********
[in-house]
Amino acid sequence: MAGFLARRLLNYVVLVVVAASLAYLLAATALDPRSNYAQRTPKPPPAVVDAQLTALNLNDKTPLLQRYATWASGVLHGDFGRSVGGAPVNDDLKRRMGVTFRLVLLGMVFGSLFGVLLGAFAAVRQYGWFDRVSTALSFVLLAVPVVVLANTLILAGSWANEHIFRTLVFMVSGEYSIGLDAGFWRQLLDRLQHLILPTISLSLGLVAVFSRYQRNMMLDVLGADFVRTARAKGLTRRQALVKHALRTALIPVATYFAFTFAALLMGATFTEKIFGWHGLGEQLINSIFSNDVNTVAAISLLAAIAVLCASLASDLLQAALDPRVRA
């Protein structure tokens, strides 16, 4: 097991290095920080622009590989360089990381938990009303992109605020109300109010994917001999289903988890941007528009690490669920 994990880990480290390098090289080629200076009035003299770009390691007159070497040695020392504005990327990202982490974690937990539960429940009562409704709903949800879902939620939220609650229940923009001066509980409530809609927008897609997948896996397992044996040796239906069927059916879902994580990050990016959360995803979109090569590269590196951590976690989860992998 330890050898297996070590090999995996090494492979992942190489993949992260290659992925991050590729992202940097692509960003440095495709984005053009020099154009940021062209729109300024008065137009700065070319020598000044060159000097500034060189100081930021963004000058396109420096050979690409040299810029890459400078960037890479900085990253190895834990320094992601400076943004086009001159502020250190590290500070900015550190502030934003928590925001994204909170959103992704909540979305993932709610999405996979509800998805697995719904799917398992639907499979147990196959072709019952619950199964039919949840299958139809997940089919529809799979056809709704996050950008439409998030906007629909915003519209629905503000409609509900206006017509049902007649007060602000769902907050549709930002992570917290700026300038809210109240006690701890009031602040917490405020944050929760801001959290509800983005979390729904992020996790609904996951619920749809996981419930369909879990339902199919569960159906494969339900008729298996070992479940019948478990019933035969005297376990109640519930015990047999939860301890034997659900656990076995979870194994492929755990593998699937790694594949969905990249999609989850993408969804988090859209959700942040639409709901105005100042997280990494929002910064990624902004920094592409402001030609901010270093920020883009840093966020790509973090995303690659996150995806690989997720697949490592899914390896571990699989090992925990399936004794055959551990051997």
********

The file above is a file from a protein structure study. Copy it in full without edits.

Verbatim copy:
[in-house]
Amino acid sequence: MAGFLARRLLNYVVLVVVAASLAYLLAATALDPRSNYAQRTPKPPPAVVDAQLTALNLNDKTPLLQRYATWASGVLHGDFGRSVGGAPVNDDLKRRMGVTFRLVLLGMVFGSLFGVLLGAFAAVRQYGWFDRVSTALSFVLLAVPVVVLANTLILAGSWANEHIFRTLVFMVSGEYSIGLDAGFWRQLLDRLQHLILPTISLSLGLVAVFSRYQRNMMLDVLGADFVRTARAKGLTRRQALVKHALRTALIPVATYFAFTFAALLMGATFTEKIFGWHGLGEQLINSIFSNDVNTVAAISLLAAIAVLCASLASDLLQAALDPRVRA
């Protein structure tokens, strides 16, 4: 097991290095920080622009590989360089990381938990009303992109605020109300109010994917001999289903988890941007528009690490669920 994990880990480290390098090289080629200076009035003299770009390691007159070497040695020392504005990327990202982490974690937990539960429940009562409704709903949800879902939620939220609650229940923009001066509980409530809609927008897609997948896996397992044996040796239906069927059916879902994580990050990016959360995803979109090569590269590196951590976690989860992998 330890050898297996070590090999995996090494492979992942190489993949992260290659992925991050590729992202940097692509960003440095495709984005053009020099154009940021062209729109300024008065137009700065070319020598000044060159000097500034060189100081930021963004000058396109420096050979690409040299810029890459400078960037890479900085990253190895834990320094992601400076943004086009001159502020250190590290500070900015550190502030934003928590925001994204909170959103992704909540979305993932709610999405996979509800998805697995719904799917398992639907499979147990196959072709019952619950199964039919949840299958139809997940089919529809799979056809709704996050950008439409998030906007629909915003519209629905503000409609509900206006017509049902007649007060602000769902907050549709930002992570917290700026300038809210109240006690701890009031602040917490405020944050929760801001959290509800983005979390729904992020996790609904996951619920749809996981419930369909879990339902199919569960159906494969339900008729298996070992479940019948478990019933035969005297376990109640519930015990047999939860301890034997659900656990076995979870194994492929755990593998699937790694594949969905990249999609989850993408969804988090859209959700942040639409709901105005100042997280990494929002910064990624902004920094592409402001030609901010270093920020883009840093966020790509973090995303690659996150995806690989997720697949490592899914390896571990699989090992925990399936004794055959551990051997």